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The guards had invited Horatio to see the ghost because he was a "scholar," Marcellus says, and perhaps also because he is Hamlet's friend. Having seen the ghost and ascertained that he is not a figment of their imagination, and further that he is the spirit of the now-deceased King Hamlet, Horatio and his companions decide to tell Hamlet what they have seen:
Let us impart what we have seen tonight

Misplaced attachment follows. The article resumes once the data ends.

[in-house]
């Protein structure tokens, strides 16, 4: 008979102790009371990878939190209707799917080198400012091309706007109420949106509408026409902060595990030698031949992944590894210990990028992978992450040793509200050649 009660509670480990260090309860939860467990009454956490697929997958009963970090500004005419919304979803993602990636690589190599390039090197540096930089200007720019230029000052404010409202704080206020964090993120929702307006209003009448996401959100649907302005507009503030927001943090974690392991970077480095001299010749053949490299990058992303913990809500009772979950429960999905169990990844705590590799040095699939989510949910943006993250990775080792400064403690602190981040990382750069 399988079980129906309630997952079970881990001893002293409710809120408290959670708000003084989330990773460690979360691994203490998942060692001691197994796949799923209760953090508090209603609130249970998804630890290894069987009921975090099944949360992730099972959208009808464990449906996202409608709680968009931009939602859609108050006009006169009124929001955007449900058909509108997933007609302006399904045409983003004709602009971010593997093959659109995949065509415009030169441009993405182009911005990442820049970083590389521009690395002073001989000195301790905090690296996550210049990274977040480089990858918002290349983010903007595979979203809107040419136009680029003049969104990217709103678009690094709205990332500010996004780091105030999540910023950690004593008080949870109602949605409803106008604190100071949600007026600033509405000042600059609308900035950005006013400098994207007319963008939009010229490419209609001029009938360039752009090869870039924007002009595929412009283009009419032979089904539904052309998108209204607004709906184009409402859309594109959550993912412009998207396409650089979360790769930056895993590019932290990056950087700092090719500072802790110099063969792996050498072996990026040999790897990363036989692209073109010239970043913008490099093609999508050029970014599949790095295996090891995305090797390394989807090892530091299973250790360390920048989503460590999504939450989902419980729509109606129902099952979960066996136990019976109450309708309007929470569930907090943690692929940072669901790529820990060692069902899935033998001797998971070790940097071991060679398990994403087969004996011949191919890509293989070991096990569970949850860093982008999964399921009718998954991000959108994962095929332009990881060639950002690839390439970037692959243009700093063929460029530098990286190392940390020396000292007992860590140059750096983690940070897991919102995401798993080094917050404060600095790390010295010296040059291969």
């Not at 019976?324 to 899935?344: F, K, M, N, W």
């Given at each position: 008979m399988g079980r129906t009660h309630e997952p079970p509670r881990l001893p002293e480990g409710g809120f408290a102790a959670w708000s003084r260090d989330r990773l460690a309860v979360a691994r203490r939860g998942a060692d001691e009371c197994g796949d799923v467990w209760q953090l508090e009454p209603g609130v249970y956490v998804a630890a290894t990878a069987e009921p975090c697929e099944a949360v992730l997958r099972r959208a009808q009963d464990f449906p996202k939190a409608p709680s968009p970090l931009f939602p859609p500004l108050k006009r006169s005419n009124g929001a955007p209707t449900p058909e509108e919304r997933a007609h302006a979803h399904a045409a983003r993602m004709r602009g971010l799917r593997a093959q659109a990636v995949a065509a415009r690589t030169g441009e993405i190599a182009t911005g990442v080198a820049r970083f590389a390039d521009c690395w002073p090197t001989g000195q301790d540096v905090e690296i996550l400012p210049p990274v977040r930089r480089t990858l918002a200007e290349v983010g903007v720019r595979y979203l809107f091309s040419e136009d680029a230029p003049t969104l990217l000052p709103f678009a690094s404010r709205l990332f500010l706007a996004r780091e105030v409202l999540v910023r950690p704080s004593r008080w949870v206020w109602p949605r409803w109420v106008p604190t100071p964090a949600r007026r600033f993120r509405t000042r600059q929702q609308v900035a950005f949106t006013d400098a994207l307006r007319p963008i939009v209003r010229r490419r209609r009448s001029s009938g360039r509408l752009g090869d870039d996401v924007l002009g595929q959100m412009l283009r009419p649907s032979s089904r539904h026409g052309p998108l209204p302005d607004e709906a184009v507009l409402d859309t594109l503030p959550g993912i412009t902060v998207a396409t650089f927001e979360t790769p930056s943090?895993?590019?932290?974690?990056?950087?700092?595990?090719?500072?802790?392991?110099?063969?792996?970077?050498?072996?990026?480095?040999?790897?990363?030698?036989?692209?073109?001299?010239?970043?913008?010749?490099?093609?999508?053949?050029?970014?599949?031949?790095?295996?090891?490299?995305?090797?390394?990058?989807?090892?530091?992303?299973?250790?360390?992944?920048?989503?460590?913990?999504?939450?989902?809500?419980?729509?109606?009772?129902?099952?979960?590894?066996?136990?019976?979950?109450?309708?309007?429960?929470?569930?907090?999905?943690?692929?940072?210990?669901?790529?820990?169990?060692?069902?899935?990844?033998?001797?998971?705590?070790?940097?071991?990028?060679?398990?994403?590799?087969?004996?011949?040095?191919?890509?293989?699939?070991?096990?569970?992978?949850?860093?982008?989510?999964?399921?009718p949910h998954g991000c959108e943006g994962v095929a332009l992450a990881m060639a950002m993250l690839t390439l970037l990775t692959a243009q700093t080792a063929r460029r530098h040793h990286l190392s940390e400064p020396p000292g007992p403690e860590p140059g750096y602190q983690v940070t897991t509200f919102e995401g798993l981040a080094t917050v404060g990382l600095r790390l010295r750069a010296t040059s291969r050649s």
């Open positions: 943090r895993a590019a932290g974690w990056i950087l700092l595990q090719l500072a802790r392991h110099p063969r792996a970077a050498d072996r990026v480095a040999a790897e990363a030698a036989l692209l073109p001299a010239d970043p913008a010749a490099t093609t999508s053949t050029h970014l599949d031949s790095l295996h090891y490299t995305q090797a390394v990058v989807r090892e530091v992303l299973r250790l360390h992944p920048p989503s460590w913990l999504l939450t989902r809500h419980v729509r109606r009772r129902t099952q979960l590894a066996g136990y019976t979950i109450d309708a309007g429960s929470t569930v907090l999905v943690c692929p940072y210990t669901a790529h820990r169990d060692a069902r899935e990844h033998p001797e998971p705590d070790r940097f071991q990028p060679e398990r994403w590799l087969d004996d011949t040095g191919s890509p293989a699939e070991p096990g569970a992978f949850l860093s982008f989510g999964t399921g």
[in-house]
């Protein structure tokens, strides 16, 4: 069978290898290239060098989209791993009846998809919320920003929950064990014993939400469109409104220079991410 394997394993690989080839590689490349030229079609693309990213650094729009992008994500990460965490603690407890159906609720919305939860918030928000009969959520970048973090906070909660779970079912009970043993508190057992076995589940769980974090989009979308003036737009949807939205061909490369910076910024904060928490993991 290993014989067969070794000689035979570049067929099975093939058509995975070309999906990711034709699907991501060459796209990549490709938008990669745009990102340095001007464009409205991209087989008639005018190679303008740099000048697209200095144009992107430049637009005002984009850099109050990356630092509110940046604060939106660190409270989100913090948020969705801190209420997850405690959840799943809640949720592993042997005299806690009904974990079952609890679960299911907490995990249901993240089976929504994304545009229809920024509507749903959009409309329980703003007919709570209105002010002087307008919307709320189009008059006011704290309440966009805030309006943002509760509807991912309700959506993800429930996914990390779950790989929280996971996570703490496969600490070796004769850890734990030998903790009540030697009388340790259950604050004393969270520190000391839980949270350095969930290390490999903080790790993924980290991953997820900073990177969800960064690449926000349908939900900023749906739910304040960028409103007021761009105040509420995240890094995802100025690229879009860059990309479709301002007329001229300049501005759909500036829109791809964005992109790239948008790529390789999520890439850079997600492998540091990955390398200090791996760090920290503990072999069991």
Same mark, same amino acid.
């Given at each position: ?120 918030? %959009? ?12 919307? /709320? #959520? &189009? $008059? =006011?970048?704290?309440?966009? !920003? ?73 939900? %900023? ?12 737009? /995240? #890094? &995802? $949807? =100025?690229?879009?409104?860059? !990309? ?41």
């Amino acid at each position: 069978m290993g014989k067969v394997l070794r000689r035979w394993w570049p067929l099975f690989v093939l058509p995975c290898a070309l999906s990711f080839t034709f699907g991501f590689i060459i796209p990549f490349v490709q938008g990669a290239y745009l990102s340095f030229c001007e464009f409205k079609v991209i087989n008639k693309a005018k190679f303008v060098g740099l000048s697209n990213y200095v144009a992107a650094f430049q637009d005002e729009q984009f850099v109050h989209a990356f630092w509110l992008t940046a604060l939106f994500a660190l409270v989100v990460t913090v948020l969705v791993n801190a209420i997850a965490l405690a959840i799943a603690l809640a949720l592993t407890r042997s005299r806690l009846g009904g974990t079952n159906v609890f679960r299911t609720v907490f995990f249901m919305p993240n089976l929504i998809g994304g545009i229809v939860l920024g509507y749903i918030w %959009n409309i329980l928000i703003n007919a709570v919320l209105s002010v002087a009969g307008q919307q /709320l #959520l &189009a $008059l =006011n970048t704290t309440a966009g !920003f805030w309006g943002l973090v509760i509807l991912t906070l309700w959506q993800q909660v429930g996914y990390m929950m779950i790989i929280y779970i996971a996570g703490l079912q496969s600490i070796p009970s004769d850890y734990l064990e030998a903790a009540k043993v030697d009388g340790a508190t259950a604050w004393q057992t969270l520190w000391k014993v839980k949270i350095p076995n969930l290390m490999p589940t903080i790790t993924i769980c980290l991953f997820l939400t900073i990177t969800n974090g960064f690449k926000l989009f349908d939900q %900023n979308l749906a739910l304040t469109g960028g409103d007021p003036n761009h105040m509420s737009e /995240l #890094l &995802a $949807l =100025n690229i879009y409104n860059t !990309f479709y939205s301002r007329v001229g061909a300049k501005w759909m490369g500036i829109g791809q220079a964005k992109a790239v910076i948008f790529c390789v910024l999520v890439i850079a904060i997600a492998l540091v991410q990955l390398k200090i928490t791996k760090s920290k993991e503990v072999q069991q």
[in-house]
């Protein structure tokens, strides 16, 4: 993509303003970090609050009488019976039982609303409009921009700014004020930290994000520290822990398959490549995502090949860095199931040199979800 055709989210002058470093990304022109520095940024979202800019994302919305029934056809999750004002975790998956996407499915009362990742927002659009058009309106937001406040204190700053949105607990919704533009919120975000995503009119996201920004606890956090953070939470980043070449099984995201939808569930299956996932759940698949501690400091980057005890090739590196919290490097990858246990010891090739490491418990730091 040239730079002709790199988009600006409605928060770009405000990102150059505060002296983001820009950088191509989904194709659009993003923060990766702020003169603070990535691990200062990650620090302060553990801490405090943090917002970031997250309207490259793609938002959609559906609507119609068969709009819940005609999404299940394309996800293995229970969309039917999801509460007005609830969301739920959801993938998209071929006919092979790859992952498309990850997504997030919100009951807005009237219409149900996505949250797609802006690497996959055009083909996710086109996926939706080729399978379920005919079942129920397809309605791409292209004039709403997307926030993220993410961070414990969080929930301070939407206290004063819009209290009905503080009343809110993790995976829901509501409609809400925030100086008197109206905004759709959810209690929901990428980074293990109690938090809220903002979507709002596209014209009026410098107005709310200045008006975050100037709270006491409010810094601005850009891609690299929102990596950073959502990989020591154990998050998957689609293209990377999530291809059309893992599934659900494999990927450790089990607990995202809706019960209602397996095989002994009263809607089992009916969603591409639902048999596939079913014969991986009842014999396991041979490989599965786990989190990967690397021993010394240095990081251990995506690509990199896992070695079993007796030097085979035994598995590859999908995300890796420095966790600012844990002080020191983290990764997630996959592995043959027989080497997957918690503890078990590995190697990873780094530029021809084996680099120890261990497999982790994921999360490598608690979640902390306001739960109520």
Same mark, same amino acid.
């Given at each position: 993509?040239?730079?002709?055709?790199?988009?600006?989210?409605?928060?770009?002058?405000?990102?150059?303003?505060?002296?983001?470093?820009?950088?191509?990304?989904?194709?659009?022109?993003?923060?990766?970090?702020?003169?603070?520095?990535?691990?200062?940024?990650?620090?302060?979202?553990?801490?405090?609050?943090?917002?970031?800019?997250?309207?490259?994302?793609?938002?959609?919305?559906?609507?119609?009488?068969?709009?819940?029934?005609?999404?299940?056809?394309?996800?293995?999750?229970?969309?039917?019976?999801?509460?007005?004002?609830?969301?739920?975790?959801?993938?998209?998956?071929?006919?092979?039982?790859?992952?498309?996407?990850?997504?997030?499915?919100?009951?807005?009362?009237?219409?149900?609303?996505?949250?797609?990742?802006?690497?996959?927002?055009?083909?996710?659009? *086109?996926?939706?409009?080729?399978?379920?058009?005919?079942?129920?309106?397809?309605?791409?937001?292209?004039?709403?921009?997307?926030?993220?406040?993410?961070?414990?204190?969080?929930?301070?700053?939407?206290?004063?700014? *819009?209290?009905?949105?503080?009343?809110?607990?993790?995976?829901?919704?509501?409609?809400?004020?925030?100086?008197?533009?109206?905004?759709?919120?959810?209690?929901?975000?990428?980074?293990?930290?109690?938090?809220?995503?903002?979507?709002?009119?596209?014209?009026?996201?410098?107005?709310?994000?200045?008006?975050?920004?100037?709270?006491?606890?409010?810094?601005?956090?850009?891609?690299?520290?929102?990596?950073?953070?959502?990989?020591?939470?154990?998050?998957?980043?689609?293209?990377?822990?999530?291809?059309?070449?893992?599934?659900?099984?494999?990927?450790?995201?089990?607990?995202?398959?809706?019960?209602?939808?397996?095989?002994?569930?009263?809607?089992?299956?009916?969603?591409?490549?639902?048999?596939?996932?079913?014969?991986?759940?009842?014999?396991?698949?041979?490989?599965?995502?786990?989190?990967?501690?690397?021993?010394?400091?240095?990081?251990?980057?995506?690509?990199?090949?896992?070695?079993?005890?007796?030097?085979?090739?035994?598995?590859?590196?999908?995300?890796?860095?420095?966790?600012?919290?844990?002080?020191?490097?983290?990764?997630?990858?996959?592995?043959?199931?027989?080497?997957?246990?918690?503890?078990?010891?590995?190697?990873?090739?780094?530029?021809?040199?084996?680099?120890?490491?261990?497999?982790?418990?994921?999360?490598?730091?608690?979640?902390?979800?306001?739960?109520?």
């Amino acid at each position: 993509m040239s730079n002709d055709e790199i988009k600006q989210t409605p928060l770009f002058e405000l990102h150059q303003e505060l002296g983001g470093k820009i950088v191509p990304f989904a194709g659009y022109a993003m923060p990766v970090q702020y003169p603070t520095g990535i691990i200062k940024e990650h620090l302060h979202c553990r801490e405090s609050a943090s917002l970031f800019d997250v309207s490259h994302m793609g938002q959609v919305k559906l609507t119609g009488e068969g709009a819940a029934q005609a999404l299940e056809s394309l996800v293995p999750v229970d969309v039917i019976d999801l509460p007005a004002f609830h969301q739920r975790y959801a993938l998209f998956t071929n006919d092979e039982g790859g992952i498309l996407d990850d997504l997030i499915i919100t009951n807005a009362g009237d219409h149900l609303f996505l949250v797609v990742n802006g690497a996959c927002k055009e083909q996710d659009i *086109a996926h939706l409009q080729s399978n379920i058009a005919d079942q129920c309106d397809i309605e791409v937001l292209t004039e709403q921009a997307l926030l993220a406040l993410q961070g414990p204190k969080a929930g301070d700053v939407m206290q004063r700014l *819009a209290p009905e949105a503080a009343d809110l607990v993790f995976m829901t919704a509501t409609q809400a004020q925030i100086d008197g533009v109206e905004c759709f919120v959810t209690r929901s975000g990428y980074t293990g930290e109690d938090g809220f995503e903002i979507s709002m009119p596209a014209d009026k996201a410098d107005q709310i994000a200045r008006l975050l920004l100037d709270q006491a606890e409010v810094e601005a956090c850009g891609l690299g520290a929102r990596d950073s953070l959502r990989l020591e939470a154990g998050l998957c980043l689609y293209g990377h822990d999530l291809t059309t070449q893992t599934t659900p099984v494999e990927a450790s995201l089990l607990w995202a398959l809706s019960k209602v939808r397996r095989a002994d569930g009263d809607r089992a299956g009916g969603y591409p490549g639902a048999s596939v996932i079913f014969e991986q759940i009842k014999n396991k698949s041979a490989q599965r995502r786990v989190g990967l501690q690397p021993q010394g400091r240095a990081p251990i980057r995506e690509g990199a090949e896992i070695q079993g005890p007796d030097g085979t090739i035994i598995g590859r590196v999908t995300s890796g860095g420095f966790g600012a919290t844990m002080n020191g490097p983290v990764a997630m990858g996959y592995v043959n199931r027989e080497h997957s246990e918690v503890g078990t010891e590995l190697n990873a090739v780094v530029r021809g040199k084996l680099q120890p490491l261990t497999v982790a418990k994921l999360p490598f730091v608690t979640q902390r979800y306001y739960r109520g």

Unto young Hamlet; for, upon my life,
This spirit, dumb to us, will speak to him.
Interestingly, Horatio assumes that the ghost has appeared to the men because of the impending conflict against young Fortinbras of Norway. When Hamlet meets the apparition in scenes four and five, the audience discovers that this is not at all the reason the dead king's ghost haunts the castle.
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